Or if things are really unmanageable, you could just scratch the aspiration system. Basically, all it is is a space on your sheet where you write down the kind of things you tend to talk about with your GM when you want something to happen to your character.
          Last edited by S. Brechen; 11-16-2016, 06:33 PM.

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          • #6
            Or advise them to write at least one Aspiration as want of Beast in them if they not have better ideas - yeah, you heard it right. Beast. Let one need to hunt in time of play. Let other to engage in Blood Bonds on him. They are one short scenes, but add drama to vampire life, is it not?


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            • #7
              Honestly I don't even think of them as long term and short term.

              *I want my character to gain political influence.

              -steps I could take:
              1) befriend other kindred, if a player devotes time to improve his impression rating with other kindred (regardless of success or failure of dice) gain a beat. Most kindred have allies and enemies, befriending this kindred could gain him enemies.

              2) show up at social events, and voice his opinion (regardless of dice rolls gain a beat). He could gain support or make other kindred angry, adds to the story.

              Aspirations can be meta.

              I want my character to learn this weird esoteric devotion.

              *steps

              1) Research common devotions whether through social interaction or actual occult studies.

              2) burn through lots of blood with the discipline in question forcing lots of feeding. Plenty of interesting story fodder here.

              Aspirations don't have to benefit the character.

              My ally wants to be the sheriff and I will help him.

              1) discredit the current sheriff in social circles. (Helps to have actual dirt but not needed. Gossip is good too) I guarantee interesting story hooks here.

              2) petition the powers that be on his behalf. (Helps if you have clout or numbers)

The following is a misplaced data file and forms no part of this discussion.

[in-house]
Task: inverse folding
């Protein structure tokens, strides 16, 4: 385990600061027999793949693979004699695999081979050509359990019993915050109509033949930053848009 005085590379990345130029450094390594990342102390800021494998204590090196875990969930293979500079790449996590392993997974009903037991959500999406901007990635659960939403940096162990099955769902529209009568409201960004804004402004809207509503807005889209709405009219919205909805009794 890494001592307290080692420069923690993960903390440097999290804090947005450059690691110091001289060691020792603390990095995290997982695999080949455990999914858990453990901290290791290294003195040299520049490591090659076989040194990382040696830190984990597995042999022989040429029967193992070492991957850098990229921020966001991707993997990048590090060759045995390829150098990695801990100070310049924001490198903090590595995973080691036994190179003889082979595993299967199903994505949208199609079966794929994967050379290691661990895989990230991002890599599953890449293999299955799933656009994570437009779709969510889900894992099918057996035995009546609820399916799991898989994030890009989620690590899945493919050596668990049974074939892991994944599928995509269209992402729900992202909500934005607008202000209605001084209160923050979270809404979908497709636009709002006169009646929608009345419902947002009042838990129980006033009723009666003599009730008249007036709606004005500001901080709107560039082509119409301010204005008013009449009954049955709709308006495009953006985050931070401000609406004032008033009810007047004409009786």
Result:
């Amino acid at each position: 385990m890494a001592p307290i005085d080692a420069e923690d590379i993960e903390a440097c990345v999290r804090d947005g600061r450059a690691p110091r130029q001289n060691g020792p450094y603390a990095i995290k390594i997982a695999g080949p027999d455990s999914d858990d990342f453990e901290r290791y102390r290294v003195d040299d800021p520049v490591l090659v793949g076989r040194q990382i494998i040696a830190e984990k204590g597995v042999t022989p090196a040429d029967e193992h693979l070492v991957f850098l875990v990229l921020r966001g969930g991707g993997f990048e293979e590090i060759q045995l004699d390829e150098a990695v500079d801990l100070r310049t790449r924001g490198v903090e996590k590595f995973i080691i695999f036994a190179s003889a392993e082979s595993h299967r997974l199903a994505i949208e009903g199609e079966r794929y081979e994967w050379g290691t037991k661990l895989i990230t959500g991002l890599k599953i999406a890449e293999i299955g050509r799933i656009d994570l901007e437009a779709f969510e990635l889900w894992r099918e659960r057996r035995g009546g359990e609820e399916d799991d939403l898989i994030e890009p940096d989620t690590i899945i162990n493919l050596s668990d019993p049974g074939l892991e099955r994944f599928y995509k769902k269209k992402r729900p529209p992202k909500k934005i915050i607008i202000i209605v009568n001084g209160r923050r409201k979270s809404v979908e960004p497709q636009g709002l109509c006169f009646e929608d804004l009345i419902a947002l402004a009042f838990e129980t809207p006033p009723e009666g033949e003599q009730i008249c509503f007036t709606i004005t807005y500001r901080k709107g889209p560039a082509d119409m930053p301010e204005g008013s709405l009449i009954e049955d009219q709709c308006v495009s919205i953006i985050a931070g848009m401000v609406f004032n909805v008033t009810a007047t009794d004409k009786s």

3) building off 2 convince others to petition on his behalf.

              Many of these steps can be used multiple times. Some are limited by social impression. The rest no more than once per game anyway.

              The important part is most of these can lead to interesting story, ask them what they want to take away from the game; great stories or stories about their character shopping for pet treats.

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              • #8
                Originally posted by RobWolf View Post
                ridiculously easy aspirations like going to buy something or doing things like gorging themselves.
                Gorging themselves how? If they're going for Blood Beats by shameless overfeeding, remind them that consistently treating their territory like a six-block Big Gulp comes with consequences. Also, if other vampires find out they'll probably catch flack for being overindulgent and/or irresponsible.

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                • #9
                  Like most new story-mechanics in 2E, Aspirations are supposed to be dramatic things.

                  Sometimes the aspiration itself will be obviously dramatic. "Overthrow the Sheriff who wronged me." "Blackmail the Harpy" "Learn the secret about my Grandsire that my Sire doesn't want me to know."